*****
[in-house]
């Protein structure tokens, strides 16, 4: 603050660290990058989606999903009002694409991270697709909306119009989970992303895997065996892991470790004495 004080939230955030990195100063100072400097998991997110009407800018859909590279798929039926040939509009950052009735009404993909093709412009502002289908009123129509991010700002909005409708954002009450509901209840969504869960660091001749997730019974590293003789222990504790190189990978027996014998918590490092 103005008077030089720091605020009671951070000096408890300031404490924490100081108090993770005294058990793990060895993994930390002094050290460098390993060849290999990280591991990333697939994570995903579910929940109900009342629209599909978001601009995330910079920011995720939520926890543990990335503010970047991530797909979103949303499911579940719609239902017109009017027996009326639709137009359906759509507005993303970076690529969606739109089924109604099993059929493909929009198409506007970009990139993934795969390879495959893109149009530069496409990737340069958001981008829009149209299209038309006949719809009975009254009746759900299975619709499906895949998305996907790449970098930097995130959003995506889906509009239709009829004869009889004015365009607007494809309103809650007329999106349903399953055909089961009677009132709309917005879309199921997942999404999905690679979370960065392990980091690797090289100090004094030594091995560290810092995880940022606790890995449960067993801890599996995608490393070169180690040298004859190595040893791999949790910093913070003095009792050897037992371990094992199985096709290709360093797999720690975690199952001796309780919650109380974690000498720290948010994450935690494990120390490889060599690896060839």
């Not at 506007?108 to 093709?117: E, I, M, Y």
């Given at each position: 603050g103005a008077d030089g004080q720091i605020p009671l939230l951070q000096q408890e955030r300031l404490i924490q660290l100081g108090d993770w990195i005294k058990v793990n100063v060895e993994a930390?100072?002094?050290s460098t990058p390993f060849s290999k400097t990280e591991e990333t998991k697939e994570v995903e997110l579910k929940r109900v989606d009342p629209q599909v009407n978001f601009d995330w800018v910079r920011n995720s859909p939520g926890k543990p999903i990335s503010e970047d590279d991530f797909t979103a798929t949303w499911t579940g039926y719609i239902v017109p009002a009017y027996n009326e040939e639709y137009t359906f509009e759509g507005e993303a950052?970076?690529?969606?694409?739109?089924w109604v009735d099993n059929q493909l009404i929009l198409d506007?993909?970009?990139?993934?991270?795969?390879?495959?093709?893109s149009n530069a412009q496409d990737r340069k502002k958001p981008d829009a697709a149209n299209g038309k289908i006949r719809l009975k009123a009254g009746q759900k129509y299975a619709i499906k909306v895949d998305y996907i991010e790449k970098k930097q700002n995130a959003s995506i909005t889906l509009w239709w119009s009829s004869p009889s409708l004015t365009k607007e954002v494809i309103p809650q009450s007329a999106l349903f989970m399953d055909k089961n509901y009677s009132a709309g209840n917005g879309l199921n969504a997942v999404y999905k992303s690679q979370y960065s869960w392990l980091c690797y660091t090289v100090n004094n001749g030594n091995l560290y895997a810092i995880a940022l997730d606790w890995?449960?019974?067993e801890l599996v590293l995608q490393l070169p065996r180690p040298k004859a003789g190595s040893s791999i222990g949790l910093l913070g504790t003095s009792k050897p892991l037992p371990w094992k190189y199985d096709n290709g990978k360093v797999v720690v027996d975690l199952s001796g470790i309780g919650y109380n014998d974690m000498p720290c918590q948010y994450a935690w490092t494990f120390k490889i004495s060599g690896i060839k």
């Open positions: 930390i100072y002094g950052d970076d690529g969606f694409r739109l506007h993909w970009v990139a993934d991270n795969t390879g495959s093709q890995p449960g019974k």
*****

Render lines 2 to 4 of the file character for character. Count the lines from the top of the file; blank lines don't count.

């Protein structure tokens, strides 16, 4: 603050660290990058989606999903009002694409991270697709909306119009989970992303895997065996892991470790004495 004080939230955030990195100063100072400097998991997110009407800018859909590279798929039926040939509009950052009735009404993909093709412009502002289908009123129509991010700002909005409708954002009450509901209840969504869960660091001749997730019974590293003789222990504790190189990978027996014998918590490092 103005008077030089720091605020009671951070000096408890300031404490924490100081108090993770005294058990793990060895993994930390002094050290460098390993060849290999990280591991990333697939994570995903579910929940109900009342629209599909978001601009995330910079920011995720939520926890543990990335503010970047991530797909979103949303499911579940719609239902017109009017027996009326639709137009359906759509507005993303970076690529969606739109089924109604099993059929493909929009198409506007970009990139993934795969390879495959893109149009530069496409990737340069958001981008829009149209299209038309006949719809009975009254009746759900299975619709499906895949998305996907790449970098930097995130959003995506889906509009239709009829004869009889004015365009607007494809309103809650007329999106349903399953055909089961009677009132709309917005879309199921997942999404999905690679979370960065392990980091690797090289100090004094030594091995560290810092995880940022606790890995449960067993801890599996995608490393070169180690040298004859190595040893791999949790910093913070003095009792050897037992371990094992199985096709290709360093797999720690975690199952001796309780919650109380974690000498720290948010994450935690494990120390490889060599690896060839």
């Not at 506007?108 to 093709?117: E, I, M, Y």
């Given at each position: 603050g103005a008077d030089g004080q720091i605020p009671l939230l951070q000096q408890e955030r300031l404490i924490q660290l100081g108090d993770w990195i005294k058990v793990n100063v060895e993994a930390?100072?002094?050290s460098t990058p390993f060849s290999k400097t990280e591991e990333t998991k697939e994570v995903e997110l579910k929940r109900v989606d009342p629209q599909v009407n978001f601009d995330w800018v910079r920011n995720s859909p939520g926890k543990p999903i990335s503010e970047d590279d991530f797909t979103a798929t949303w499911t579940g039926y719609i239902v017109p009002a009017y027996n009326e040939e639709y137009t359906f509009e759509g507005e993303a950052?970076?690529?969606?694409?739109?089924w109604v009735d099993n059929q493909l009404i929009l198409d506007?993909?970009?990139?993934?991270?795969?390879?495959?093709?893109s149009n530069a412009q496409d990737r340069k502002k958001p981008d829009a697709a149209n299209g038309k289908i006949r719809l009975k009123a009254g009746q759900k129509y299975a619709i499906k909306v895949d998305y996907i991010e790449k970098k930097q700002n995130a959003s995506i909005t889906l509009w239709w119009s009829s004869p009889s409708l004015t365009k607007e954002v494809i309103p809650q009450s007329a999106l349903f989970m399953d055909k089961n509901y009677s009132a709309g209840n917005g879309l199921n969504a997942v999404y999905k992303s690679q979370y960065s869960w392990l980091c690797y660091t090289v100090n004094n001749g030594n091995l560290y895997a810092i995880a940022l997730d606790w890995?449960?019974?067993e801890l599996v590293l995608q490393l070169p065996r180690p040298k004859a003789g190595s040893s791999i222990g949790l910093l913070g504790t003095s009792k050897p892991l037992p371990w094992k190189y199985d096709n290709g990978k360093v797999v720690v027996d975690l199952s001796g470790i309780g919650y109380n014998d974690m000498p720290c918590q948010y994450a935690w490092t494990f120390k490889i004495s060599g690896i060839k």